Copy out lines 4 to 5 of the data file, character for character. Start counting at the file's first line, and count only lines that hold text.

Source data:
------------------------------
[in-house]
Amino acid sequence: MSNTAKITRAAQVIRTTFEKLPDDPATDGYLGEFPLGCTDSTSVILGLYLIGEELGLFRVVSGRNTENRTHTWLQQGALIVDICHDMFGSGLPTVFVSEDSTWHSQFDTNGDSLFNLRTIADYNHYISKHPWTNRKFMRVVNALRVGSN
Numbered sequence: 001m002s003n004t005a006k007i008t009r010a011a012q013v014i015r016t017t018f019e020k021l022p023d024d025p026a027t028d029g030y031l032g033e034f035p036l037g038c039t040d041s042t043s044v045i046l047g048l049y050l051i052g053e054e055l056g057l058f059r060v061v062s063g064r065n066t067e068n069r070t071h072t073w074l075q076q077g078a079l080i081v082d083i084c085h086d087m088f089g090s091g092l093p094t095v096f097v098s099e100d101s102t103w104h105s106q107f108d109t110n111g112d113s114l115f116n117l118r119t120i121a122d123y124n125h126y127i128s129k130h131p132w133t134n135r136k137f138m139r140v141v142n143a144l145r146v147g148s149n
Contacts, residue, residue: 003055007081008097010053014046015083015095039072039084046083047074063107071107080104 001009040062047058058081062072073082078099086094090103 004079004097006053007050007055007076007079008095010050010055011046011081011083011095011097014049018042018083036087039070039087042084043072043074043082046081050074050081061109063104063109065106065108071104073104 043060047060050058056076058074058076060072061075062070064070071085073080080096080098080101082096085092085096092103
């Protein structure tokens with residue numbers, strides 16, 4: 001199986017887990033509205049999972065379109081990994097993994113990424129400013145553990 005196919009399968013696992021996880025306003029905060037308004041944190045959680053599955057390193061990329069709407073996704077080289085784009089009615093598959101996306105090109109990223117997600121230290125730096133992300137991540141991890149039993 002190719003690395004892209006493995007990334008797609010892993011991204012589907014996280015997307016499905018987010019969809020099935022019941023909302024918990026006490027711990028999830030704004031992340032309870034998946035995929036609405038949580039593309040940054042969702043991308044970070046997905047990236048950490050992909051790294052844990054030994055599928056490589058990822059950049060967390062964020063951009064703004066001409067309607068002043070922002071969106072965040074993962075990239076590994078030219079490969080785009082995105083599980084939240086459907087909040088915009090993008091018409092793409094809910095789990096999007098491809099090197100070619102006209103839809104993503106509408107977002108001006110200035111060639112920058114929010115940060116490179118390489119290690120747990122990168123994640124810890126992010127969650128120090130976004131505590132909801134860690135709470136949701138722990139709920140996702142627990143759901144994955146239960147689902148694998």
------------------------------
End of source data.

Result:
Contacts, residue, residue: 003055007081008097010053014046015083015095039072039084046083047074063107071107080104 001009040062047058058081062072073082078099086094090103 004079004097006053007050007055007076007079008095010050010055011046011081011083011095011097014049018042018083036087039070039087042084043072043074043082046081050074050081061109063104063109065106065108071104073104 043060047060050058056076058074058076060072061075062070064070071085073080080096080098080101082096085092085096092103
């Protein structure tokens with residue numbers, strides 16, 4: 001199986017887990033509205049999972065379109081990994097993994113990424129400013145553990 005196919009399968013696992021996880025306003029905060037308004041944190045959680053599955057390193061990329069709407073996704077080289085784009089009615093598959101996306105090109109990223117997600121230290125730096133992300137991540141991890149039993 002190719003690395004892209006493995007990334008797609010892993011991204012589907014996280015997307016499905018987010019969809020099935022019941023909302024918990026006490027711990028999830030704004031992340032309870034998946035995929036609405038949580039593309040940054042969702043991308044970070046997905047990236048950490050992909051790294052844990054030994055599928056490589058990822059950049060967390062964020063951009064703004066001409067309607068002043070922002071969106072965040074993962075990239076590994078030219079490969080785009082995105083599980084939240086459907087909040088915009090993008091018409092793409094809910095789990096999007098491809099090197100070619102006209103839809104993503106509408107977002108001006110200035111060639112920058114929010115940060116490179118390489119290690120747990122990168123994640124810890126992010127969650128120090130976004131505590132909801134860690135709470136949701138722990139709920140996702142627990143759901144994955146239960147689902148694998």